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Alleged Political Prisoner Yon Goicoechea makes a really wild claim in an NYT op-ed


Alleged Venezuelan political prisoner (more on that below), Yon Goicoechea, had an op-ed published in the New York Times that made the following claim:

A health minister was fired for releasing his department’s annual report, revealing that infant mortality has returned to 1950 levels.

In 1959, Venezuela’s infant mortality rate (IMR) was 61.9 deaths per 1000 live births. Throughout the 1950s it averaged about 70 deaths per 1000 lives births. As of 2015, UNICEF said Venezuela’s infant mortality rate was 12.9 – so a health minister said it increased by about 400% since 2015 according to Goicoechea. To put it another way, the minister supposedly claimed infants now have a better chance of surviving in Haiti or even in Sub-Saharan Africa than in Venezuela.  Venezuela really has become one of those countries for which it is possible to write just about anything and have it published. As crazy as Goicoechea’s claim is, it is not even the wildest that has been made. George Eaton, a UK journalist, believes that over 100% of Venezuelan infants die before their first birthday.

Anyway if a Venezuelan health minister said anything like that, he richly deserved to be fired.

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Goicoechea also wrote this in his op-ed:

The United Nations, the Inter-American Court of Human Rights, Human Rights Watch and Amnesty International have all described my detention as arbitrary and called for my release.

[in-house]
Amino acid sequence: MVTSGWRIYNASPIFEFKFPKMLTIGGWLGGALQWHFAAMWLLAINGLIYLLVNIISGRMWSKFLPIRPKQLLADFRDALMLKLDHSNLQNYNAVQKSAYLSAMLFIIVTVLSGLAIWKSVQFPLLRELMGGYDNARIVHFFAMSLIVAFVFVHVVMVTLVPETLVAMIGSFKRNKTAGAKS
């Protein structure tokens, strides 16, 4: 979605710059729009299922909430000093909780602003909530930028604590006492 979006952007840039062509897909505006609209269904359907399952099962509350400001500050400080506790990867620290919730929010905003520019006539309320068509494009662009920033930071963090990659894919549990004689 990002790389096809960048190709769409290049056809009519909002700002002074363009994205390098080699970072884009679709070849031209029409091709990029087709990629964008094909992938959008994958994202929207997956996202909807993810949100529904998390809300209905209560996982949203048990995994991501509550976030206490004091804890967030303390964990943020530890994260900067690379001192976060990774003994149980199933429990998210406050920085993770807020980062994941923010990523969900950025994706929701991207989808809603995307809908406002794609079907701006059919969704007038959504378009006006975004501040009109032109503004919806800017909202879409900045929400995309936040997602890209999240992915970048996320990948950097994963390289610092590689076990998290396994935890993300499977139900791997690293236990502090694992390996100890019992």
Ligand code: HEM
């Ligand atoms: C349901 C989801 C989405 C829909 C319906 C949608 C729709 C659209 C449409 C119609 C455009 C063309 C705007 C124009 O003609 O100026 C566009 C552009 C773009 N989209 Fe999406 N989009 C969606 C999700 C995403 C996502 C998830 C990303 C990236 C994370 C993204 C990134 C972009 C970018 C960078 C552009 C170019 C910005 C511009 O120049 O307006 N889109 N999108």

People who know how these groups performed in Haiti since 2004, will be unimpressed. Unfortunately, thanks to the “free press” very few people know. All these groups – to varying degrees – lend support to U.S. crimes, so how they report on a state the U.S. has targeted should be view with a lot of caution.

Haiti’s democratically elected president was kidnapped by US troops on February 29 of 2004. For two years Haiti was ruled by dictatorship under Gerard Latortue, who was installed by the US and its allies: the key ones in this case were France and Canada and of course the tiny Haitian elite. UN troops (known as MINUSTAH) provided muscle for the dictatorship and perpetrated atrocities. In 2010, through criminal negligence, MINUSTAH also caused the deaths of about 10,000 Haitians through a cholera epidemic it brought to Haiti.

Human Rights Watch (HRW) and Amnesty International never referred to Latortue’s government as “dictatorship”, never denounced the U.S. –perpetrated coup against Aristide, and never demanded that he be reinstated. For several years, HRW never even took the side of Haiti’s cholera victims against the UN who, with the help of the Obama administration, fought to evade accountability.

In July, Tarek William Saab, who was then Venezuela’s Ombudsman, said Goicoechea should be released. Saab is now the Attorney General since the firing of Luisa Ortega in August. Many cases are being reviewed due to corruption under Luisa Ortega, so they may well be checking things over in Goicoechea’s case to ensure Ortega did not “miss” anything.

Lastly, if harsh and unjust imprisonment (which may be what happened in Goicoechea’s case – I don’t know) makes a country a dictatorship then Venezuela is in a very large club of dictatorships that includes the United States.

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